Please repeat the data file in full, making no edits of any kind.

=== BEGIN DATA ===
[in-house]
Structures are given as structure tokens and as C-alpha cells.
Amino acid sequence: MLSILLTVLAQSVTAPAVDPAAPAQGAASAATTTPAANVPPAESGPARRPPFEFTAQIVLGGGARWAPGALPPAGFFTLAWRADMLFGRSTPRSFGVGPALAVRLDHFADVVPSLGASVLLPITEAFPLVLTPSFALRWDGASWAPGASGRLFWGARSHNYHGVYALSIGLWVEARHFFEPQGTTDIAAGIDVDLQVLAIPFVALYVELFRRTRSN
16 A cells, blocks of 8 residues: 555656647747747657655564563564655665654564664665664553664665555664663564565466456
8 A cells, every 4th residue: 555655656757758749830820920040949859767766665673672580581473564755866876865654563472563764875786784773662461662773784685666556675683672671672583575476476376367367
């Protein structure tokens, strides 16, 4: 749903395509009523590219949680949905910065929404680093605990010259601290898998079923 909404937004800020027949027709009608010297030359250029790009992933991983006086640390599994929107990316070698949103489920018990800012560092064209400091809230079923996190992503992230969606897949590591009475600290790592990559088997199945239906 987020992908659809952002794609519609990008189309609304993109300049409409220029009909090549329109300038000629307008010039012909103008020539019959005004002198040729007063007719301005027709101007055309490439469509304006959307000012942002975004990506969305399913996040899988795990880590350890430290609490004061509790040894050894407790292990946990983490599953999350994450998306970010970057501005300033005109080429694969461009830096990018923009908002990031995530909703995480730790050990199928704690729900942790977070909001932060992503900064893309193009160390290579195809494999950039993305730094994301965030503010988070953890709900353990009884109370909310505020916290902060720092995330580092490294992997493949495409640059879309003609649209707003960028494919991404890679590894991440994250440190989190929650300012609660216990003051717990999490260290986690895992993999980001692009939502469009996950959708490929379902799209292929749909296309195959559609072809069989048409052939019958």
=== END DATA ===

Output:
[in-house]
Structures are given as structure tokens and as C-alpha cells.
Amino acid sequence: MLSILLTVLAQSVTAPAVDPAAPAQGAASAATTTPAANVPPAESGPARRPPFEFTAQIVLGGGARWAPGALPPAGFFTLAWRADMLFGRSTPRSFGVGPALAVRLDHFADVVPSLGASVLLPITEAFPLVLTPSFALRWDGASWAPGASGRLFWGARSHNYHGVYALSIGLWVEARHFFEPQGTTDIAAGIDVDLQVLAIPFVALYVELFRRTRSN
16 A cells, blocks of 8 residues: 555656647747747657655564563564655665654564664665664553664665555664663564565466456
8 A cells, every 4th residue: 555655656757758749830820920040949859767766665673672580581473564755866876865654563472563764875786784773662461662773784685666556675683672671672583575476476376367367
């Protein structure tokens, strides 16, 4: 749903395509009523590219949680949905910065929404680093605990010259601290898998079923 909404937004800020027949027709009608010297030359250029790009992933991983006086640390599994929107990316070698949103489920018990800012560092064209400091809230079923996190992503992230969606897949590591009475600290790592990559088997199945239906 987020992908659809952002794609519609990008189309609304993109300049409409220029009909090549329109300038000629307008010039012909103008020539019959005004002198040729007063007719301005027709101007055309490439469509304006959307000012942002975004990506969305399913996040899988795990880590350890430290609490004061509790040894050894407790292990946990983490599953999350994450998306970010970057501005300033005109080429694969461009830096990018923009908002990031995530909703995480730790050990199928704690729900942790977070909001932060992503900064893309193009160390290579195809494999950039993305730094994301965030503010988070953890709900353990009884109370909310505020916290902060720092995330580092490294992997493949495409640059879309003609649209707003960028494919991404890679590894991440994250440190989190929650300012609660216990003051717990999490260290986690895992993999980001692009939502469009996950959708490929379902799209292929749909296309195959559609072809069989048409052939019958």